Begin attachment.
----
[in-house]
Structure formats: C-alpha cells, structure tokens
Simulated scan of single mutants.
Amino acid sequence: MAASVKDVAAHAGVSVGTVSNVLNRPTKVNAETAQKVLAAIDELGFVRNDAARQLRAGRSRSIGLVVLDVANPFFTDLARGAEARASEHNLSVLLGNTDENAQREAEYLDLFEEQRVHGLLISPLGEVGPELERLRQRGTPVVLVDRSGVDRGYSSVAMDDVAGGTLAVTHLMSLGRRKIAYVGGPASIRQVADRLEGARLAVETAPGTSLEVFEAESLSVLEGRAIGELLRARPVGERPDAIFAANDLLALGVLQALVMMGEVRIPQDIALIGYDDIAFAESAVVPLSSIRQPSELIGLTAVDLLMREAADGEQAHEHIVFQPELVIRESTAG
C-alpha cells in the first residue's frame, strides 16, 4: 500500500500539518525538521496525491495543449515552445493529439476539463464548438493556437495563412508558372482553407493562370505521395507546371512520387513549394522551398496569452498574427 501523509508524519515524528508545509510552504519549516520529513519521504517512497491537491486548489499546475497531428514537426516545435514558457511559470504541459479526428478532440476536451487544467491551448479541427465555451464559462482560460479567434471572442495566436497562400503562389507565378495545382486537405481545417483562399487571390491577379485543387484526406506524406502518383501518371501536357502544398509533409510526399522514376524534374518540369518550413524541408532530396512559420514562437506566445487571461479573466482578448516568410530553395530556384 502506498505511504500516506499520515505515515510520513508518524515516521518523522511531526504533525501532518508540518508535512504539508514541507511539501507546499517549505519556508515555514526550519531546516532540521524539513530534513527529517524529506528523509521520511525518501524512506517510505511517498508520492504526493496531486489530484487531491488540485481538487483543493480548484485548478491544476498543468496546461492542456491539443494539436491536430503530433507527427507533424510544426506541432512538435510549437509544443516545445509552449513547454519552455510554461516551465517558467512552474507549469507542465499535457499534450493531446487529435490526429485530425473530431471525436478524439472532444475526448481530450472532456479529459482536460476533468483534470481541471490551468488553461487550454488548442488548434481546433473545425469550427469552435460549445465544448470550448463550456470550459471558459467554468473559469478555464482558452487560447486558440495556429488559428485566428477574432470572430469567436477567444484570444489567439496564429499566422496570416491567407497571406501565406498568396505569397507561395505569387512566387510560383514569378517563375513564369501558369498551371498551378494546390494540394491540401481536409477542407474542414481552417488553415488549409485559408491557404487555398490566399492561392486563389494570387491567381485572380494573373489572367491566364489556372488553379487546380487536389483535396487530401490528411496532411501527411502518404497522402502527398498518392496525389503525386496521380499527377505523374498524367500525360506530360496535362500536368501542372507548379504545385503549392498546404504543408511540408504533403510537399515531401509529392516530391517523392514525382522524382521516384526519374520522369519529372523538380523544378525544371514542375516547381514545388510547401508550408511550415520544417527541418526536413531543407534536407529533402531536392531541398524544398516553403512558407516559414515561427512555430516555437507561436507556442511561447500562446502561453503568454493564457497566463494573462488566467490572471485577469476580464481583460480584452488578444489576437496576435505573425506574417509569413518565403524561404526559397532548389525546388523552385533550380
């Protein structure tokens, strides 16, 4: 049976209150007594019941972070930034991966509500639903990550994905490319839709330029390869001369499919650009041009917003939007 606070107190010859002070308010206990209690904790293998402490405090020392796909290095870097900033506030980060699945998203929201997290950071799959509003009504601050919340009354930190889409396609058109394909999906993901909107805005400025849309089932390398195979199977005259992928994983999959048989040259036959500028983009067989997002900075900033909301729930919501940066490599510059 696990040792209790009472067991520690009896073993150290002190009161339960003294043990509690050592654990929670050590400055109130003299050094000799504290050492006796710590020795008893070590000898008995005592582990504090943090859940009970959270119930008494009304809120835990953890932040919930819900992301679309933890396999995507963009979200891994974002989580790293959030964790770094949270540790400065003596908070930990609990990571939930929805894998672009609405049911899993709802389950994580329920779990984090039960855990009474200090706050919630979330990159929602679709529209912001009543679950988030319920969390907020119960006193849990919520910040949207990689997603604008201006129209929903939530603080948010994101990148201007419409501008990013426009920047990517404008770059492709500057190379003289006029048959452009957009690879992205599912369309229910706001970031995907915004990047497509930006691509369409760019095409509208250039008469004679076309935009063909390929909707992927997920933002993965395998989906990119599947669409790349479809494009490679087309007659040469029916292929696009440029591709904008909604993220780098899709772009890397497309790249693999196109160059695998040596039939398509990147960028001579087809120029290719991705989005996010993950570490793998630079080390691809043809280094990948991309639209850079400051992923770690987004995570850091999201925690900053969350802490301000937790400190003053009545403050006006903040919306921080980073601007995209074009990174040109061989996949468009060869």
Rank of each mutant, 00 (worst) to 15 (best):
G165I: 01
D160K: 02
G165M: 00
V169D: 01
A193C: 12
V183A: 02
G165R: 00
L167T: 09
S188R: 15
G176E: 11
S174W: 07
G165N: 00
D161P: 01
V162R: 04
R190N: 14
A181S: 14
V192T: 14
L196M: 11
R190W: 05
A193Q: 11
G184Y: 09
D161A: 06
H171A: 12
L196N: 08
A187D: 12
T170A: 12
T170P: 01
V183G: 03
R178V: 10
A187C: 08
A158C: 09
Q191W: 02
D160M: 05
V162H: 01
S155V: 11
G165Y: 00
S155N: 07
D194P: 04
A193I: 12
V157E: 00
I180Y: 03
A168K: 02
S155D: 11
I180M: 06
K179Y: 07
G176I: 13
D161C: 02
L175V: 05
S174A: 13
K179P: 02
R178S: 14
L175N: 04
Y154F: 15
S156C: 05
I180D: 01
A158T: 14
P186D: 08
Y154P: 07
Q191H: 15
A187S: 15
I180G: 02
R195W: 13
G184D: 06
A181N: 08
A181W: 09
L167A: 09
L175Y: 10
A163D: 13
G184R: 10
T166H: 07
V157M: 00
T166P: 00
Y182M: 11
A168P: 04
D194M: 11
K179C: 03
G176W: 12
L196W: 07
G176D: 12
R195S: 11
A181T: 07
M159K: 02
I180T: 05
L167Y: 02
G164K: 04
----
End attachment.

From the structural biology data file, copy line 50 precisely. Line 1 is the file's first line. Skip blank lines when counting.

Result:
S155D: 11